What you said about judges’ legal ruling over term-time holidays

Jon Platt and his wife Sally outside the Supreme Court in London, where he lost a court battle over taking his daughter on holiday to Disney World during school term-time. Pic: PA.
Jon Platt and his wife Sally outside the Supreme Court in London, where he lost a court battle over taking his daughter on holiday to Disney World during school term-time. Pic: PA.

The news that a father has lost a landmark legal battle at the UK’s highest court over taking his daughter to Disney World during school term time would not deter Gazette readers from doing the same.

Five justices at the Supreme Court unanimously allowed an appeal by education chiefs against an earlier ruling that Jon Platt had not acted unlawfully.

Mr Platt, who took his daughter on a seven-day family trip to Florida in April 2015 without the school’s permission, was prosecuted by Isle of Wight Council after he refused to pay a £120 penalty.

But local magistrates found there was no case to answer.

Two High Court judges later upheld the magistrates’ decision, declaring Mr Platt was not acting unlawfully because his daughter had a good overall attendance record.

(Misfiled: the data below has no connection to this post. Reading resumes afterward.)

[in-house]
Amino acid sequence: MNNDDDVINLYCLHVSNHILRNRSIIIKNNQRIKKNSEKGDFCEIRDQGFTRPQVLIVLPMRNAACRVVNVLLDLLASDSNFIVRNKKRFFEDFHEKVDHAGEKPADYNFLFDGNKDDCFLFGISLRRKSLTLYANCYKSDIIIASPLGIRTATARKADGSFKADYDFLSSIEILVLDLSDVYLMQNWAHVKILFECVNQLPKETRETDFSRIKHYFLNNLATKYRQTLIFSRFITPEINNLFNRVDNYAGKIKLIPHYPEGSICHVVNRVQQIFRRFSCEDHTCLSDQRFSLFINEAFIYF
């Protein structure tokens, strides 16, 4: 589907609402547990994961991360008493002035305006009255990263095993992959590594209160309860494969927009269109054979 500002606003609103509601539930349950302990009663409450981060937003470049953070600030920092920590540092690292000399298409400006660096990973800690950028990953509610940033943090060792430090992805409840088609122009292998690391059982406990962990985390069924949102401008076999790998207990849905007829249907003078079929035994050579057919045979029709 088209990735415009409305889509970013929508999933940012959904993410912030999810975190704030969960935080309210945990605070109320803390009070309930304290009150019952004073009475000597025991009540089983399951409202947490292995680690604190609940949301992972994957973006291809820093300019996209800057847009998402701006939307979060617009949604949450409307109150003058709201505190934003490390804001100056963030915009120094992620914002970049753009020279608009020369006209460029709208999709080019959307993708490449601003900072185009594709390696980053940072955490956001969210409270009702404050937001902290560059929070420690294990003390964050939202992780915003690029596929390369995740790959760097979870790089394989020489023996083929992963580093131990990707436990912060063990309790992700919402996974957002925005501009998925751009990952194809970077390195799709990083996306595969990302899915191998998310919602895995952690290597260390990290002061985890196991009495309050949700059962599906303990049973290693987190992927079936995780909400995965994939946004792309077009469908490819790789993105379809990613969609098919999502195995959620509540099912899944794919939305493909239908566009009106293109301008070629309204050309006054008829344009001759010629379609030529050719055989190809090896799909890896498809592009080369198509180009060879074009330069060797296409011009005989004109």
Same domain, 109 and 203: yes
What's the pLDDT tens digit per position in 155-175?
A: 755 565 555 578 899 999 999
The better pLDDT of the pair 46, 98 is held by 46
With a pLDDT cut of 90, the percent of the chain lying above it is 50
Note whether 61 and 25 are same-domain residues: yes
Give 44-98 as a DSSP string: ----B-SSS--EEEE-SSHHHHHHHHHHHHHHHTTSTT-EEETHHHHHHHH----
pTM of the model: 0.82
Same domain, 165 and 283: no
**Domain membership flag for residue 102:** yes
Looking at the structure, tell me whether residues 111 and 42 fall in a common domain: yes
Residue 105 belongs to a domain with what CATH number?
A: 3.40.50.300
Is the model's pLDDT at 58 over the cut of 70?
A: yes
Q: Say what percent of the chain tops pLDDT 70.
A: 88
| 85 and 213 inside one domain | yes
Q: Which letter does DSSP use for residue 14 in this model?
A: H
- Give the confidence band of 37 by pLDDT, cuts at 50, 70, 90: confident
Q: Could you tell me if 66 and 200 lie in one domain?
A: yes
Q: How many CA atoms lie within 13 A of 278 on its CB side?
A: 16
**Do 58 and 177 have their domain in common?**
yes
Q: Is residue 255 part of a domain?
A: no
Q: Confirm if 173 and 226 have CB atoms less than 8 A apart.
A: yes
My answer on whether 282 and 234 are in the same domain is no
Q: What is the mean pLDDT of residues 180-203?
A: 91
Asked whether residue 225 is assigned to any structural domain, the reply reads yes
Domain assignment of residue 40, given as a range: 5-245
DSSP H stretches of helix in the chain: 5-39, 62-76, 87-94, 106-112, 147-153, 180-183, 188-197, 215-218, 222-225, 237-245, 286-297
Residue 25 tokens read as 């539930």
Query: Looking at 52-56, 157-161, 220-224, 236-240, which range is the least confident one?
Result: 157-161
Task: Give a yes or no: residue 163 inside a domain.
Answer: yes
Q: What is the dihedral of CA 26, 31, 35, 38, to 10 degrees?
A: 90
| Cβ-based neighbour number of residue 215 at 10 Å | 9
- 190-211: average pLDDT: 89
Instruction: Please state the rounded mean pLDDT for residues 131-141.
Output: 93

In a poll on the Gazette website which asked: “Would being fined put you off taking children on holiday in term time?” 15% said yes while 85% said no.

Coun Joan Atkinson, lead member for children, young people and families at South Tyneside Council, said: “We know children who attend school regularly perform better and gain better qualifications than those with poorer attendance. Absence can cause a child’s education to suffer as lessons and extra-curricular activities are missed and continuity of work is lost.

“We encourage parents and carers to ensure their children attend school and avoid taking their children out of school during term time.

“Since Government regulations changed in 2013 our schools have been very diligent about applying the new rules around holidays in term time.”